Relief for GST taxpayers

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Relief for GST taxpayers
Relief for GST taxpayers

The GST Council meeting on the 7th of October in Hyderabad has brought some relief to struggling taxpayers, particularly in the bleeding informal sector of the economy. Much went wrong in the initial stages of implementation of this path breaking statute.

Problems with the GST

  • The new tax regime was set to roll in the middle of the financial year causing disruptions to budgetary planning and allocations.
  • The GST tax rates on several common use items, such as steel rods used in construction – a basic activity of an aspiring economy, was fixed at 28% (the highest tax slab). Restaurants, too, pay taxes in the range of 12% and 28%.
  • The reverse charge mechanism necessarily restricted transactions only with GST registered agents rendering a complete class of low income suppliers and vendors unable to earn or feed. The unorganized sector is the sole bulwark of rural society in India providing employment to 95% of the country’s population (Employment and Unemployment report of the NSSO).
  • Small and medium enterprises, too, have struggled to come to grips with the nature and frequency of efiling of tax returns on incomes or transactions made under the GST. With filing of GSTR-1, GSTR-2 and GSTR-3 once every month apart from an annual tax return, the number of returns amounts to 37 in a year. If a business acts as an Input Service Distributor or as an assessee of TDS, then you will need to file an additional 24 returns in the same fiscal year.
  • To add to all of these complications, the GSTN website periodically suffered breakdowns and delays resulting in more chaos and confusion.

As can be seen, most of these hiccups are technical in nature and may possibly reflect poor planning and preparation. Nonetheless, the GST was welcomed by almost all categories of businesses as a necessary and efficient system of taxation.

Relief measures announced on Friday, October 7, 2017

Some of the relief measures announced recently are summed up below:

  1. Tax slabs revised on 27 items of essential use. These include khakra, dried sliced mangoes, ICDS consumable packages, non-branded namkeen and Ayurvedic health products, waste paper, waste plastic and e-waste rubber (to be taxed at 5%). Also, services tax on producers of Zaria, imitated jewellery, print workers and providers of packaged eatables is down to 5%.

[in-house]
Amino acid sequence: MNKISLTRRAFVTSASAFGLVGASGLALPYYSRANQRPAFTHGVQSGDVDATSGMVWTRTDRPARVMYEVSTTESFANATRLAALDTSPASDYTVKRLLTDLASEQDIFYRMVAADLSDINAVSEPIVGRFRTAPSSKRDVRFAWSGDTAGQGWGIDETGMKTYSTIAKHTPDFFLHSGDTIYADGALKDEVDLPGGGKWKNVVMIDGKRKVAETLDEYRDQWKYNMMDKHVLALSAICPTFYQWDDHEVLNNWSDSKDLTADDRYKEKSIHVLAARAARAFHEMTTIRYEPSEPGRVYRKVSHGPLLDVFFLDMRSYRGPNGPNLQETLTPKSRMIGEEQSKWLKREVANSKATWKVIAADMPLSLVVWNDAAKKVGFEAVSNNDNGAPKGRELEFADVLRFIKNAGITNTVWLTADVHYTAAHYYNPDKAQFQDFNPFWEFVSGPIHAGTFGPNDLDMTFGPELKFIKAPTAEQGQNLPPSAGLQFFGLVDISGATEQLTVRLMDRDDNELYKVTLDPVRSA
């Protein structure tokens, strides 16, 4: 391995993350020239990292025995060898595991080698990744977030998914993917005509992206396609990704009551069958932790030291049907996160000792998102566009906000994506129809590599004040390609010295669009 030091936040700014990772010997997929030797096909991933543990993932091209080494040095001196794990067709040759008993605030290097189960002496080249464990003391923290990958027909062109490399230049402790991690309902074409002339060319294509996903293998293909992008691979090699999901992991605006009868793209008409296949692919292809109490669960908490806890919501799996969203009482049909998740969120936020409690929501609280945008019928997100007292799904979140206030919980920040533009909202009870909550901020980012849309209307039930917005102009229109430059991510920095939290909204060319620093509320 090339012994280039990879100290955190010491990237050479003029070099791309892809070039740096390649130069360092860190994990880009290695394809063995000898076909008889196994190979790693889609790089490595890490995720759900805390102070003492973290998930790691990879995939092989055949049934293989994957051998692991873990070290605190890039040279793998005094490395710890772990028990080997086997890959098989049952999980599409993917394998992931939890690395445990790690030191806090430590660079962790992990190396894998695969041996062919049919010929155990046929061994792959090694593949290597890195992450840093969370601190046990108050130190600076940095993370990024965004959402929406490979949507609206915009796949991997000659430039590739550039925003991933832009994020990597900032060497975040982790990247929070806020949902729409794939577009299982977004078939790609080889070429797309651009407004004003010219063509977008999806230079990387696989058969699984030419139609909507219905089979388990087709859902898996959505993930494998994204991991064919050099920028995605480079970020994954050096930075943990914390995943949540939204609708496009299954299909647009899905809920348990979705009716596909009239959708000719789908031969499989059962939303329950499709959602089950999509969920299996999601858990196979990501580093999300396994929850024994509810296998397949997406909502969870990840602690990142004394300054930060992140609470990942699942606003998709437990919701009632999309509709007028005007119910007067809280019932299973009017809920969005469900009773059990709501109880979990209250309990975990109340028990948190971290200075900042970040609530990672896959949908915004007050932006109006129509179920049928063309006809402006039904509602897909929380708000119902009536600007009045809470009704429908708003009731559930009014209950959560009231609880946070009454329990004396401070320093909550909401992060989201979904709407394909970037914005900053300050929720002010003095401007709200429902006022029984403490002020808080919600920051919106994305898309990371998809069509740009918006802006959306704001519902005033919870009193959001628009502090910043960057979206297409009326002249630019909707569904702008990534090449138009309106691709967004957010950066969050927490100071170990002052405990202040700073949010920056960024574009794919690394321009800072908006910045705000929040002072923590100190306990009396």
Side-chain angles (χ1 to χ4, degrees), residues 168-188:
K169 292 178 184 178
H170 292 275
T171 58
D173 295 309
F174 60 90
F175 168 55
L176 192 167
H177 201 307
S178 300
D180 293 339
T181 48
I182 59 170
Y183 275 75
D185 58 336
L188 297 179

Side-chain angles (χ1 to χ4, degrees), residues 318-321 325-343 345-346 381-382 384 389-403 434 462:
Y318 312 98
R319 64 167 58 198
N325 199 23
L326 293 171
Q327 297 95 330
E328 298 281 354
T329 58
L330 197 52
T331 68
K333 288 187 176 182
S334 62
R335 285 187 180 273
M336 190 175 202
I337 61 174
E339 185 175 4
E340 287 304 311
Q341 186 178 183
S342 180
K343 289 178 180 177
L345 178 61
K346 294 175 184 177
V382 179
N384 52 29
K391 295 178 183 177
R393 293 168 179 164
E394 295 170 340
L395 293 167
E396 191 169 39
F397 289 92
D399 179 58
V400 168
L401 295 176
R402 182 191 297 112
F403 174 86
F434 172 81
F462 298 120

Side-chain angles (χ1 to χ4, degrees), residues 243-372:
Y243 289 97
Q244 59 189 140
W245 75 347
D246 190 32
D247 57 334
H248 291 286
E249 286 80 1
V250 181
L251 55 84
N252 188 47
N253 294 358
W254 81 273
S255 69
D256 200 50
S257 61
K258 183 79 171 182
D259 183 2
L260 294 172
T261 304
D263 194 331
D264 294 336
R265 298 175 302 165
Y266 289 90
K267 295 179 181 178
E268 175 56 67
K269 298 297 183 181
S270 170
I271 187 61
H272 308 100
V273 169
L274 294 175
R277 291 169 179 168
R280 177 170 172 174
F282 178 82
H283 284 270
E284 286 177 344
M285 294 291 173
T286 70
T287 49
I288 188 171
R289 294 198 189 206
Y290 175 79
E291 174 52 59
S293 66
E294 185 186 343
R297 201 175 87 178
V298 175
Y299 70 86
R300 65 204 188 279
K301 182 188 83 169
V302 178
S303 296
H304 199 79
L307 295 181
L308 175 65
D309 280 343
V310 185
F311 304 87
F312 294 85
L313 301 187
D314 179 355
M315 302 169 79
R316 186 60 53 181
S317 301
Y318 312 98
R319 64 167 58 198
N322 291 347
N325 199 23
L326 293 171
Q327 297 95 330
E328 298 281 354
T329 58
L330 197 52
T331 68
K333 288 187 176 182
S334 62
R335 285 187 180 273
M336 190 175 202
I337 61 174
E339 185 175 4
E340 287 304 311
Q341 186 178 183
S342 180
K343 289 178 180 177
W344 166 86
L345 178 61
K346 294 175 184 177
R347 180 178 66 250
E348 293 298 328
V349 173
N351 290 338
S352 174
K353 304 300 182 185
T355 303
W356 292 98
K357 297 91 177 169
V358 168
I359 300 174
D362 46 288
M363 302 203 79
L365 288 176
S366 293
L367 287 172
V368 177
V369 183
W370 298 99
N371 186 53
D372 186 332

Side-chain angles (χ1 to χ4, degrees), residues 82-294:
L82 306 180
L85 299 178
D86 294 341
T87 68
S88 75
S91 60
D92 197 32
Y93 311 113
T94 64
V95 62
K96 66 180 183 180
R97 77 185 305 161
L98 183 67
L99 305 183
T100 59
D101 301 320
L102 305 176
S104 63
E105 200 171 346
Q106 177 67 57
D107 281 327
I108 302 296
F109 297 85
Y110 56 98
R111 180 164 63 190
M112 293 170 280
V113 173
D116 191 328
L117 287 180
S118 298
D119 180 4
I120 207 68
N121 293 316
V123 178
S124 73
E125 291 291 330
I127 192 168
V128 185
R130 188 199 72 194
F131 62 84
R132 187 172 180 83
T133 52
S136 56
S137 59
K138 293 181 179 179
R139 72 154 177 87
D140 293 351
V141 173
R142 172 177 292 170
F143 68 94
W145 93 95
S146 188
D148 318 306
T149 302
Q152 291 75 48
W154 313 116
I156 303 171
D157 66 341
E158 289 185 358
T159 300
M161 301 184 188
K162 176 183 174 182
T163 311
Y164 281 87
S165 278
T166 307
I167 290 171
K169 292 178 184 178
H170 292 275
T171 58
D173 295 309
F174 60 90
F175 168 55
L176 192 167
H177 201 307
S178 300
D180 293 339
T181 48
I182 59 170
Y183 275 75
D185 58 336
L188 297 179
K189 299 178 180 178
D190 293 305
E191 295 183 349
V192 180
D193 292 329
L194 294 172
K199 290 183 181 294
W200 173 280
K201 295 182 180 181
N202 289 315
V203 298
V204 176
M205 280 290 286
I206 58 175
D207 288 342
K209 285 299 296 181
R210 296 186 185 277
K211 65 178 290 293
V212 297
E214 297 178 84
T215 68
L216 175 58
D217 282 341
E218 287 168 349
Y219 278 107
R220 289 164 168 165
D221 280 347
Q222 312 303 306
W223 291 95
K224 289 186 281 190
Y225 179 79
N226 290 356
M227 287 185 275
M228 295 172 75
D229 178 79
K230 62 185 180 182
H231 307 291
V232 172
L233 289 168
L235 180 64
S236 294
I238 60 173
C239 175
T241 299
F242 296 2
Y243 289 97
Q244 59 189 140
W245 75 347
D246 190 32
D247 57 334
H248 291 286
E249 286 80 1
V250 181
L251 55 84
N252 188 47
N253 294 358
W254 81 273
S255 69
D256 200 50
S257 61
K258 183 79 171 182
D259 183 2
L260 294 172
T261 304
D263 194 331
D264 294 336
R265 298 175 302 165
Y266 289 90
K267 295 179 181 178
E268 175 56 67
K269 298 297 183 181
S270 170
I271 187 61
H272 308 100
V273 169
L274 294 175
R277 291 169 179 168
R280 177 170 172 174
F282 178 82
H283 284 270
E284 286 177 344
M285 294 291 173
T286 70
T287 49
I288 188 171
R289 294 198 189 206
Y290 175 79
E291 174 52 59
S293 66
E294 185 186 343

2. Tax refunds for exporters for July to be cleared by October 10 and those for August by October 18. Former GST exemptions such as prior authorisation and EPCG are to remain. Exporters need only pay a 0.1% IGST rate when sourcing their inputs from domestic suppliers.
  3. Online computer generated e-way bills, required for moving goods of value exceeding Rupees 50,000 from one place to another for the purposes of trade, will be available between January and April in 2018. These can be used for both inter and intra state transport of goods.
  4.  Exporters can use an e-wallet (to be introduced) to pay taxes and retain balances for payments to suppliers and vendors in India from April 1, 2018.
  5. The Composition Scheme exemptions have been increased to businesses with annual gross receipts of up to Rupees 1 crore from Rupees 75 lakh.
  6. Businesses that generate less than Rupees 1.5 crore in a year need only file returns every quarter instead of once every month starting from October.
  7. Reverse charge payment requirements for sourcing of inputs from non GST registered vendors has been temporarily deferred.

Relief for GST taxpayers

There are, of course, several other reforms that need to be looked into. The CBEC, itself, admitted that there are more items in the top tax rate slab then are necessary. Many state tax authorities have been over zealous in implementing the GST, with some asking traders to provide both pre and post GST prices of goods and services. To avoid a return to the ‘Inspector Raj’ that had been the bane of previous governance regimes, this tendency needs to be avoided. Better IT systems and permanent solutions instead of ad hoc measures are needed for sectors such as textiles which provide employment to a large proportion of India’s workforce.

Individual situations may call for special attention to detail and attract different sections under the Income Tax, CGST, SGST, IGST and other relevant acts. Tech enabled tax solution platforms such as AllIndiaITR (a product of Corwhite Solutions Private Limited) are making a difference to the tax challenged throughout the country by enabling affordable and accessible services as financial experts.

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3 COMMENTS

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